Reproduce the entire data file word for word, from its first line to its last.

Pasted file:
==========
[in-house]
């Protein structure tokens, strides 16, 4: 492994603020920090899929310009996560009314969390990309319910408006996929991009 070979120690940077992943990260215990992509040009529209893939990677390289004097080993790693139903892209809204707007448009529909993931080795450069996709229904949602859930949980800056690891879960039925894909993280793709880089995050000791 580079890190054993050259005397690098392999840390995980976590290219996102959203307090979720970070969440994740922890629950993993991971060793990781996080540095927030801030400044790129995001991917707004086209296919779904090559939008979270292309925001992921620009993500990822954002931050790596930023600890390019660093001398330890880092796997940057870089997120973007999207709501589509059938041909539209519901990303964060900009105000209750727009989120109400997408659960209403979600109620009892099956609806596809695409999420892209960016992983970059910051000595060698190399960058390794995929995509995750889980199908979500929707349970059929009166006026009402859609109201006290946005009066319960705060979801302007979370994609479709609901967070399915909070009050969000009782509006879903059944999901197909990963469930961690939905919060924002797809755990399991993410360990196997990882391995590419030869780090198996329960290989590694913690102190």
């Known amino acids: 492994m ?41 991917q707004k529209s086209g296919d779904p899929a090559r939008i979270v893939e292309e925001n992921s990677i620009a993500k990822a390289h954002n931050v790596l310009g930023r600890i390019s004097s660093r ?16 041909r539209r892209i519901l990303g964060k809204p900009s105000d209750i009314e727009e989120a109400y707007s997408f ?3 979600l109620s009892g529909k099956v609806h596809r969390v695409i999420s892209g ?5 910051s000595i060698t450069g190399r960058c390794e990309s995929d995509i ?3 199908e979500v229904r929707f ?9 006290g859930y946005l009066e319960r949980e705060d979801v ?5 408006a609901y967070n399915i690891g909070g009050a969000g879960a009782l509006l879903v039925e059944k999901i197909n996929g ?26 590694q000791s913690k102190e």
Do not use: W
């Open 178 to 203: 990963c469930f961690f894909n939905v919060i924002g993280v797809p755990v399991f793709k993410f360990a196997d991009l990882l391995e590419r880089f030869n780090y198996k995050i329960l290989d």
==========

[in-house]
């Protein structure tokens, strides 16, 4: 492994603020920090899929310009996560009314969390990309319910408006996929991009 070979120690940077992943990260215990992509040009529209893939990677390289004097080993790693139903892209809204707007448009529909993931080795450069996709229904949602859930949980800056690891879960039925894909993280793709880089995050000791 580079890190054993050259005397690098392999840390995980976590290219996102959203307090979720970070969440994740922890629950993993991971060793990781996080540095927030801030400044790129995001991917707004086209296919779904090559939008979270292309925001992921620009993500990822954002931050790596930023600890390019660093001398330890880092796997940057870089997120973007999207709501589509059938041909539209519901990303964060900009105000209750727009989120109400997408659960209403979600109620009892099956609806596809695409999420892209960016992983970059910051000595060698190399960058390794995929995509995750889980199908979500929707349970059929009166006026009402859609109201006290946005009066319960705060979801302007979370994609479709609901967070399915909070009050969000009782509006879903059944999901197909990963469930961690939905919060924002797809755990399991993410360990196997990882391995590419030869780090198996329960290989590694913690102190």
């Known amino acids: 492994m ?41 991917q707004k529209s086209g296919d779904p899929a090559r939008i979270v893939e292309e925001n992921s990677i620009a993500k990822a390289h954002n931050v790596l310009g930023r600890i390019s004097s660093r ?16 041909r539209r892209i519901l990303g964060k809204p900009s105000d209750i009314e727009e989120a109400y707007s997408f ?3 979600l109620s009892g529909k099956v609806h596809r969390v695409i999420s892209g ?5 910051s000595i060698t450069g190399r960058c390794e990309s995929d995509i ?3 199908e979500v229904r929707f ?9 006290g859930y946005l009066e319960r949980e705060d979801v ?5 408006a609901y967070n399915i690891g909070g009050a969000g879960a009782l509006l879903v039925e059944k999901i197909n996929g ?26 590694q000791s913690k102190e």
Do not use: W
């Open 178 to 203: 990963c469930f961690f894909n939905v919060i924002g993280v797809p755990v399991f793709k993410f360990a196997d991009l990882l391995e590419r880089f030869n780090y198996k995050i329960l290989d």